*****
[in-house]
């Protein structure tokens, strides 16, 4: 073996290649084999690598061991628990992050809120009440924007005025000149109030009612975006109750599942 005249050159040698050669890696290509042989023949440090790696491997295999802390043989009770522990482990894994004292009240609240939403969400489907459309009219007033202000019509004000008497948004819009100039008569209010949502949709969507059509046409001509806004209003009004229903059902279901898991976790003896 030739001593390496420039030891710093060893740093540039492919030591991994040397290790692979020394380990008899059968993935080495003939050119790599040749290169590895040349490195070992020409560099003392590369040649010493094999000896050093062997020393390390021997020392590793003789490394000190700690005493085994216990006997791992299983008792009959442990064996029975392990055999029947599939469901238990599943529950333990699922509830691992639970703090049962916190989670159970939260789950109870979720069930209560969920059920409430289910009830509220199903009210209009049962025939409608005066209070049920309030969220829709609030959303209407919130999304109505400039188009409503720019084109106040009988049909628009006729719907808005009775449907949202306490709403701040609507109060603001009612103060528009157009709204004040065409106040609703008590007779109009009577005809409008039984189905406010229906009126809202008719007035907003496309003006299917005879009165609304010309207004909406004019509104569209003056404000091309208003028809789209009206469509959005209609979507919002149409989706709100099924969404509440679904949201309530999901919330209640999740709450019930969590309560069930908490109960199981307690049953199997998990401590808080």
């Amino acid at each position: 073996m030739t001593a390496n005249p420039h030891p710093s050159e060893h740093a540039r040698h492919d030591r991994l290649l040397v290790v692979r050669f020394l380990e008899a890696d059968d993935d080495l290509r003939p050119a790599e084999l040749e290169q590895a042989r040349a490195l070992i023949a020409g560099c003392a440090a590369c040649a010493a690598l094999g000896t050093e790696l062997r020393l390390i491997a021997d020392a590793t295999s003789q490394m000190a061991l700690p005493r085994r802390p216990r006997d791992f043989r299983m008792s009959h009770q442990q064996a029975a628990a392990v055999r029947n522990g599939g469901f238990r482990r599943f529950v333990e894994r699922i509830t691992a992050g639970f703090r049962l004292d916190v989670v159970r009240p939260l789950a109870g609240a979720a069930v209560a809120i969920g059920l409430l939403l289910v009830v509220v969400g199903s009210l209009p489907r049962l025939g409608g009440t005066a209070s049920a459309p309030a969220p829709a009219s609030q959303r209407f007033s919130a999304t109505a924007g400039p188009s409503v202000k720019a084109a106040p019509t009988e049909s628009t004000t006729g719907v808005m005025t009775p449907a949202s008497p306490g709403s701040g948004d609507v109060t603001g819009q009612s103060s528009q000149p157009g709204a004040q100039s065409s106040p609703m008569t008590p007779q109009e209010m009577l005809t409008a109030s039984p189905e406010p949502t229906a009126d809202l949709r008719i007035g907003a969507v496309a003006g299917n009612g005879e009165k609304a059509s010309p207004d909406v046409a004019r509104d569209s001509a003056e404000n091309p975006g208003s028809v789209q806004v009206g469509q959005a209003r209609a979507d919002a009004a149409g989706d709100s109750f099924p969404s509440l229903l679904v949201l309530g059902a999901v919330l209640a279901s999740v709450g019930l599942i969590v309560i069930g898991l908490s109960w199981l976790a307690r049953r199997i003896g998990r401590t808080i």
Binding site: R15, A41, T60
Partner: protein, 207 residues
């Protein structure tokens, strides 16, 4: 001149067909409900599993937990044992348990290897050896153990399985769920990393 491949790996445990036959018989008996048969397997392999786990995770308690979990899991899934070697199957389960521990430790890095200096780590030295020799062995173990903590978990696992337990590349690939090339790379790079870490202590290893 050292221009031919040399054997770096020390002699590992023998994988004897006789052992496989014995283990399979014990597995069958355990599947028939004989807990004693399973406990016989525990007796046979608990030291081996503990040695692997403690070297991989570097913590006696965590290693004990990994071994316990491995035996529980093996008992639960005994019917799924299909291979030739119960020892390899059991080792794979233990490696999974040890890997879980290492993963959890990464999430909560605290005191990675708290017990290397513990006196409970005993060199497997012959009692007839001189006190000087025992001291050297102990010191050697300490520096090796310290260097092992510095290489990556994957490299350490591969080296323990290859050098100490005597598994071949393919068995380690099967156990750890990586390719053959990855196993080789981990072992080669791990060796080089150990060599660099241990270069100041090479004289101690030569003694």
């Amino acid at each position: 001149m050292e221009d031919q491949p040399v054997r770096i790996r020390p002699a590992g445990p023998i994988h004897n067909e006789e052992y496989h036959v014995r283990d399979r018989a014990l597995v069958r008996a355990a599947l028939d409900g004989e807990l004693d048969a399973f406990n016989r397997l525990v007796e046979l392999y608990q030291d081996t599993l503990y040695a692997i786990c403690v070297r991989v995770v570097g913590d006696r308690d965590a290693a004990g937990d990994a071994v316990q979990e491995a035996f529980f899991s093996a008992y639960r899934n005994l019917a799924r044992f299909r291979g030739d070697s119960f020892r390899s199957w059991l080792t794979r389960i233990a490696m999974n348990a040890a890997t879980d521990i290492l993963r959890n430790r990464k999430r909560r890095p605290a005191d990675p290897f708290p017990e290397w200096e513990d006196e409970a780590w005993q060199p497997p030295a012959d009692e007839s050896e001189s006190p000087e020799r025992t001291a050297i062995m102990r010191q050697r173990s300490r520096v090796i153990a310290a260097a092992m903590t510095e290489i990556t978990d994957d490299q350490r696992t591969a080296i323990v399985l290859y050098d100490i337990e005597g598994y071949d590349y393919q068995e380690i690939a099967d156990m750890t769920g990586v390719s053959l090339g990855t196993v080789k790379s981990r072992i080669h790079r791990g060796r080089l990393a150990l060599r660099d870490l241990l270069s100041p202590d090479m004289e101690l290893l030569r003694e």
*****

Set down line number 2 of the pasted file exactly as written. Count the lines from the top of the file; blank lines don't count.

């Protein structure tokens, strides 16, 4: 073996290649084999690598061991628990992050809120009440924007005025000149109030009612975006109750599942 005249050159040698050669890696290509042989023949440090790696491997295999802390043989009770522990482990894994004292009240609240939403969400489907459309009219007033202000019509004000008497948004819009100039008569209010949502949709969507059509046409001509806004209003009004229903059902279901898991976790003896 030739001593390496420039030891710093060893740093540039492919030591991994040397290790692979020394380990008899059968993935080495003939050119790599040749290169590895040349490195070992020409560099003392590369040649010493094999000896050093062997020393390390021997020392590793003789490394000190700690005493085994216990006997791992299983008792009959442990064996029975392990055999029947599939469901238990599943529950333990699922509830691992639970703090049962916190989670159970939260789950109870979720069930209560969920059920409430289910009830509220199903009210209009049962025939409608005066209070049920309030969220829709609030959303209407919130999304109505400039188009409503720019084109106040009988049909628009006729719907808005009775449907949202306490709403701040609507109060603001009612103060528009157009709204004040065409106040609703008590007779109009009577005809409008039984189905406010229906009126809202008719007035907003496309003006299917005879009165609304010309207004909406004019509104569209003056404000091309208003028809789209009206469509959005209609979507919002149409989706709100099924969404509440679904949201309530999901919330209640999740709450019930969590309560069930908490109960199981307690049953199997998990401590808080």